Many years ago I worked with someone who applied for the CIO position in my company, yet they had no technical skills. They had never programmed, built a server, or installed a network, because they had never worked in Information Technology. What they had done, was design the requirements for an Intranet project that had failed. Mainly, because they wanted every feature, and the vendor was saying yes to anything because he needed the project’s money through his financially hard times.
The amazing thing for me in this process, was how this person was going to manage something they could not understand. It was like someone who wanted to manage a medical research project with scientists, but they had never studied medicine, or even organic chemistry. They had described a cure once, and in their own mind that qualified them. Now this could have been a different situation had this person kept learning through their career instead of relying on their political connections to carry them. Continuous learning as a leader is essential. Continue reading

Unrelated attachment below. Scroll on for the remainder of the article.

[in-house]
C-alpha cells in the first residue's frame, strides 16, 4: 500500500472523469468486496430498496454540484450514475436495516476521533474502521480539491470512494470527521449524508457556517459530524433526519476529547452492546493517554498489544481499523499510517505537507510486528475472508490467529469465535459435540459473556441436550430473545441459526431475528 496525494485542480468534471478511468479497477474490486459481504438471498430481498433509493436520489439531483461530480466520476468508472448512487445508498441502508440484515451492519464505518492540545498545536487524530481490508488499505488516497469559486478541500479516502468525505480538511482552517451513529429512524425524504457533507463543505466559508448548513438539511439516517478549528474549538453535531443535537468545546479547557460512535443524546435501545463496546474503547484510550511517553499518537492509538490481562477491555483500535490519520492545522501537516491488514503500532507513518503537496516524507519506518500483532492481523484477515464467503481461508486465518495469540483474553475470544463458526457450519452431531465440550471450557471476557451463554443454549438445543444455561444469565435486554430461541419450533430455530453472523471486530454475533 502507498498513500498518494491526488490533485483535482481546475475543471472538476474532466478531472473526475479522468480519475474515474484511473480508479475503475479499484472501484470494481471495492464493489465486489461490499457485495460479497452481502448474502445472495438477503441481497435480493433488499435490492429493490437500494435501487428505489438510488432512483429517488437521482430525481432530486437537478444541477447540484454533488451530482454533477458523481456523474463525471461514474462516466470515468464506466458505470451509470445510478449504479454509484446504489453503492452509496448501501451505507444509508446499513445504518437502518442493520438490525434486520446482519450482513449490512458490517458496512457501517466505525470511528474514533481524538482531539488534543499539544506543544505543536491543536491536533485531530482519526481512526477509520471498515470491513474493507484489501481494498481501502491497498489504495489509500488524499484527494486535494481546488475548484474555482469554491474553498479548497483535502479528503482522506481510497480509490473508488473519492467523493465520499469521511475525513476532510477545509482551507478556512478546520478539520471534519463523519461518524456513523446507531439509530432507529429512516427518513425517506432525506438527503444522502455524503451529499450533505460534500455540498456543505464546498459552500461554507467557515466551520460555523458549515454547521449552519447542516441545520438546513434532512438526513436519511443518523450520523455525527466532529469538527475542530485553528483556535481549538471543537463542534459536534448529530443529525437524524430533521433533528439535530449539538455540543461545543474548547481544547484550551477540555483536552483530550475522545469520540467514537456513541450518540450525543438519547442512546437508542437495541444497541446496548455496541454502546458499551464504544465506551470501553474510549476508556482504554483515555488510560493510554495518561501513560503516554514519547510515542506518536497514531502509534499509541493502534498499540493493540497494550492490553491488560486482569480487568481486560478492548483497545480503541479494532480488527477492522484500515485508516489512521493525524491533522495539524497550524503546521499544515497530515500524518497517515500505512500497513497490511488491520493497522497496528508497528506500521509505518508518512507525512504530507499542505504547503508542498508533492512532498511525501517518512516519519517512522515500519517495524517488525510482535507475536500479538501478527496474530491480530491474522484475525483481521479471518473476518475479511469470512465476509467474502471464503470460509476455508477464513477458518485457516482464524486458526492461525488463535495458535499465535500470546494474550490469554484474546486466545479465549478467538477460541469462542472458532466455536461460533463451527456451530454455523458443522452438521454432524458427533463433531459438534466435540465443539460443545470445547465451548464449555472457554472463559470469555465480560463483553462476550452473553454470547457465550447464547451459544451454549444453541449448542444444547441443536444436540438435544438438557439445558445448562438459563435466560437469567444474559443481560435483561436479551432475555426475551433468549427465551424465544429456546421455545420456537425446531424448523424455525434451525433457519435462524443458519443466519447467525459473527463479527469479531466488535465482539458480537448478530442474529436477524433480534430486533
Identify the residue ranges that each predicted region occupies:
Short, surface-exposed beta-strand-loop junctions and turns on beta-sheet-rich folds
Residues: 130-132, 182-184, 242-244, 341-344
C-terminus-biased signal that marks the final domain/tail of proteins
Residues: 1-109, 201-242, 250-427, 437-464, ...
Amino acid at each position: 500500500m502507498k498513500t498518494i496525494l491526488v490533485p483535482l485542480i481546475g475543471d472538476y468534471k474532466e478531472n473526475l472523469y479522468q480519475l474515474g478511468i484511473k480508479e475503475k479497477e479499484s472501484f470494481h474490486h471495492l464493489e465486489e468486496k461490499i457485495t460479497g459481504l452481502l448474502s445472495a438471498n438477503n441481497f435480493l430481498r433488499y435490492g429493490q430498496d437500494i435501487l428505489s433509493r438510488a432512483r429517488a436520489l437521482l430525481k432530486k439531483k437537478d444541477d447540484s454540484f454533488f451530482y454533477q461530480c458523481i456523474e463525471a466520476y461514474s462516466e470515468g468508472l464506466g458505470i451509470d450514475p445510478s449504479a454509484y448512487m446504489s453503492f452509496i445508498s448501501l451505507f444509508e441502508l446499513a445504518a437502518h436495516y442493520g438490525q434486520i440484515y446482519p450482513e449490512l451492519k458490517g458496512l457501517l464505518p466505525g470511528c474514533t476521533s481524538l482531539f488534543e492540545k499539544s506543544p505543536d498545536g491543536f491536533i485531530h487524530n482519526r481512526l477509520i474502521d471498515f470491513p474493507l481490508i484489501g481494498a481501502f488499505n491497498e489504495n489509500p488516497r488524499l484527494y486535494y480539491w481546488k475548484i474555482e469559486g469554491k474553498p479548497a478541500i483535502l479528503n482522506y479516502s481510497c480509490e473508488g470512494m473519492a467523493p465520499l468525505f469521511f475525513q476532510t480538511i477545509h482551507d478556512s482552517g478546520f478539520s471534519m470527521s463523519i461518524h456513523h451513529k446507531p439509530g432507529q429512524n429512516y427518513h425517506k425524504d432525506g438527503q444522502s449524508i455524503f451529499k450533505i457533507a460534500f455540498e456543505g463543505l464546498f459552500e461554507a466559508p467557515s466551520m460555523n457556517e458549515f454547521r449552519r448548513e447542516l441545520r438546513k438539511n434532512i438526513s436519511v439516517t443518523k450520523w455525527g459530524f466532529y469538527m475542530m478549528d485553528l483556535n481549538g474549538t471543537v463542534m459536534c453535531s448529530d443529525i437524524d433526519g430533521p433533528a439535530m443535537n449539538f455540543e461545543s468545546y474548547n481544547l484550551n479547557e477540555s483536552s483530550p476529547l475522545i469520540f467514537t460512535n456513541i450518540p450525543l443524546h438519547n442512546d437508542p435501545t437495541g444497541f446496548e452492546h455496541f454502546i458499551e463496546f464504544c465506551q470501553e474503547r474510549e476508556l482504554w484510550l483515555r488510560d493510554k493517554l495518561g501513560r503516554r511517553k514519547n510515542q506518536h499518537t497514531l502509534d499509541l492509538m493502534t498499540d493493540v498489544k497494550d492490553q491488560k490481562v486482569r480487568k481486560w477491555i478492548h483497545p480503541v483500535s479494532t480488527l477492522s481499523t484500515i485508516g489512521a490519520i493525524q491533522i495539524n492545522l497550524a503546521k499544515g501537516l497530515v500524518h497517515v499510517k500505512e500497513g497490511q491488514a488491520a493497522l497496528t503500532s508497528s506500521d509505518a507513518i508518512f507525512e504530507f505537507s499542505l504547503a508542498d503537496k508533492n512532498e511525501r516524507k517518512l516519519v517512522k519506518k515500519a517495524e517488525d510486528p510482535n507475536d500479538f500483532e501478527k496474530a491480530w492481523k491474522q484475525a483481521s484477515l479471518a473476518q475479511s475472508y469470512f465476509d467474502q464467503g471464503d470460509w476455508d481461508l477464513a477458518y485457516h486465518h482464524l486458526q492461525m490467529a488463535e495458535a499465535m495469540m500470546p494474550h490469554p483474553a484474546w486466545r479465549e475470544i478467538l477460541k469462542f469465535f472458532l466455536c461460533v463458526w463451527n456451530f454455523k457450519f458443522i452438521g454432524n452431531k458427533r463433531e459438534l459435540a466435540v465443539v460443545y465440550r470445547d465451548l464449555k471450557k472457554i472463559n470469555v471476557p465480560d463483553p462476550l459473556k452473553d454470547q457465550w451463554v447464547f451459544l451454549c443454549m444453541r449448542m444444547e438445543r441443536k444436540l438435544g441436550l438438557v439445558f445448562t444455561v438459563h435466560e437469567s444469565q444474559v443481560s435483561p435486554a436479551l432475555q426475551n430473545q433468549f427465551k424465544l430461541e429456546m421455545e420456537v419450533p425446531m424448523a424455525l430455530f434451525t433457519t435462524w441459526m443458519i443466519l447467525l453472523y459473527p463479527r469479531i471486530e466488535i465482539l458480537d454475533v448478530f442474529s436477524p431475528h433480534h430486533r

In 2005 I received probably the best advice in my career. I was Director of Infrastructure at an International firm with offices worldwide. I was energetic and looking for opportunities. In February of that year I was called into the Global CFO’s office and offered the Global CIO position from a man named Andre Pinto. Continue reading
Baby 12 hours after birth, Photo by John E Tanner
If all the people in the world suddenly disappeared except you, all the money and inventions in the world would suddenly have no value. Money would be useless, because there is no one to spend it with. Things of themselves have no value without people. Therefore, the most important product created in the world is human beings.